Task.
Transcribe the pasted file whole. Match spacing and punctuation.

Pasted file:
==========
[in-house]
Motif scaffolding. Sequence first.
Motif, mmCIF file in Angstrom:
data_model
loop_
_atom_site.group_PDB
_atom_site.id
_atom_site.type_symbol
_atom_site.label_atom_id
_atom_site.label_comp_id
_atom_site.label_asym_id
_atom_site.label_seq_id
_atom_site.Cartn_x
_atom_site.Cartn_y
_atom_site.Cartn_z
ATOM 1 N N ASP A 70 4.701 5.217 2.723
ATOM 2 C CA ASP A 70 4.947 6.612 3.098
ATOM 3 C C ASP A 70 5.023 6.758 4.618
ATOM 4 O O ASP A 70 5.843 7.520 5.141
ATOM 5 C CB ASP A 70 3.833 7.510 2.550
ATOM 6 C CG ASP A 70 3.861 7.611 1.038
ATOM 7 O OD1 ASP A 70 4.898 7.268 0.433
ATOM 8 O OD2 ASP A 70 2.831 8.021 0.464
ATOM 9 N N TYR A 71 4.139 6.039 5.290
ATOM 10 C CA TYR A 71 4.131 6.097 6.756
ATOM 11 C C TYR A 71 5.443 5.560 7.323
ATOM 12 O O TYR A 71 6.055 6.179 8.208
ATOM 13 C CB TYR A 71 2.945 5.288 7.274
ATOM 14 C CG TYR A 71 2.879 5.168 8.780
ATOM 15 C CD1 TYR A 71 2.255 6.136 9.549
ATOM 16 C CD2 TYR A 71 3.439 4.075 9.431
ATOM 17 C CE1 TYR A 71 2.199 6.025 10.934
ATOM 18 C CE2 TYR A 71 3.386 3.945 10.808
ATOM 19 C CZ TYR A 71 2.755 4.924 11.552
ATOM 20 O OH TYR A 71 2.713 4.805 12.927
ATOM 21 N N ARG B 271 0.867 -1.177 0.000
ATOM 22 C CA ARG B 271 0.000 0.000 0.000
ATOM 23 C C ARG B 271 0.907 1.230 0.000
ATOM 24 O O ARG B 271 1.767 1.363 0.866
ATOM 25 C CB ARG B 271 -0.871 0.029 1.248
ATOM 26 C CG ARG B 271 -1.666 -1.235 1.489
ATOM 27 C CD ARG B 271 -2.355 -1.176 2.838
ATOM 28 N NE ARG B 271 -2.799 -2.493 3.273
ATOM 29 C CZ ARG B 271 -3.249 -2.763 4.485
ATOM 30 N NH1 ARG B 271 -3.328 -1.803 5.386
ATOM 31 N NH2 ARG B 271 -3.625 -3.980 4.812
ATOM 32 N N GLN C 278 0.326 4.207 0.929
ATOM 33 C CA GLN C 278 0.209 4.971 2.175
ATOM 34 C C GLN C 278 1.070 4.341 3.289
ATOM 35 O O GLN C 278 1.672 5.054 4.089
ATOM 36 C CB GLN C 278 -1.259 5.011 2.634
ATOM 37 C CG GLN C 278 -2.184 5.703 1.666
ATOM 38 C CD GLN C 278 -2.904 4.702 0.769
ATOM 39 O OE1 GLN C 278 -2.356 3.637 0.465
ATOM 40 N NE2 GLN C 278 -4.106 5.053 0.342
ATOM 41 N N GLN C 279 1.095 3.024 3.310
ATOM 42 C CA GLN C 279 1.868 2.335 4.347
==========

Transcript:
[in-house]
Motif scaffolding. Sequence first.
Motif, mmCIF file in Angstrom:
data_model
loop_
_atom_site.group_PDB
_atom_site.id
_atom_site.type_symbol
_atom_site.label_atom_id
_atom_site.label_comp_id
_atom_site.label_asym_id
_atom_site.label_seq_id
_atom_site.Cartn_x
_atom_site.Cartn_y
_atom_site.Cartn_z
ATOM 1 N N ASP A 70 4.701 5.217 2.723
ATOM 2 C CA ASP A 70 4.947 6.612 3.098
ATOM 3 C C ASP A 70 5.023 6.758 4.618
ATOM 4 O O ASP A 70 5.843 7.520 5.141
ATOM 5 C CB ASP A 70 3.833 7.510 2.550
ATOM 6 C CG ASP A 70 3.861 7.611 1.038
ATOM 7 O OD1 ASP A 70 4.898 7.268 0.433
ATOM 8 O OD2 ASP A 70 2.831 8.021 0.464
ATOM 9 N N TYR A 71 4.139 6.039 5.290
ATOM 10 C CA TYR A 71 4.131 6.097 6.756
ATOM 11 C C TYR A 71 5.443 5.560 7.323
ATOM 12 O O TYR A 71 6.055 6.179 8.208
ATOM 13 C CB TYR A 71 2.945 5.288 7.274
ATOM 14 C CG TYR A 71 2.879 5.168 8.780
ATOM 15 C CD1 TYR A 71 2.255 6.136 9.549
ATOM 16 C CD2 TYR A 71 3.439 4.075 9.431
ATOM 17 C CE1 TYR A 71 2.199 6.025 10.934
ATOM 18 C CE2 TYR A 71 3.386 3.945 10.808
ATOM 19 C CZ TYR A 71 2.755 4.924 11.552
ATOM 20 O OH TYR A 71 2.713 4.805 12.927
ATOM 21 N N ARG B 271 0.867 -1.177 0.000
ATOM 22 C CA ARG B 271 0.000 0.000 0.000
ATOM 23 C C ARG B 271 0.907 1.230 0.000
ATOM 24 O O ARG B 271 1.767 1.363 0.866
ATOM 25 C CB ARG B 271 -0.871 0.029 1.248
ATOM 26 C CG ARG B 271 -1.666 -1.235 1.489
ATOM 27 C CD ARG B 271 -2.355 -1.176 2.838
ATOM 28 N NE ARG B 271 -2.799 -2.493 3.273
ATOM 29 C CZ ARG B 271 -3.249 -2.763 4.485
ATOM 30 N NH1 ARG B 271 -3.328 -1.803 5.386
ATOM 31 N NH2 ARG B 271 -3.625 -3.980 4.812
ATOM 32 N N GLN C 278 0.326 4.207 0.929
ATOM 33 C CA GLN C 278 0.209 4.971 2.175
ATOM 34 C C GLN C 278 1.070 4.341 3.289
ATOM 35 O O GLN C 278 1.672 5.054 4.089
ATOM 36 C CB GLN C 278 -1.259 5.011 2.634
ATOM 37 C CG GLN C 278 -2.184 5.703 1.666
ATOM 38 C CD GLN C 278 -2.904 4.702 0.769
ATOM 39 O OE1 GLN C 278 -2.356 3.637 0.465
ATOM 40 N NE2 GLN C 278 -4.106 5.053 0.342
ATOM 41 N N GLN C 279 1.095 3.024 3.310
ATOM 42 C CA GLN C 279 1.868 2.335 4.347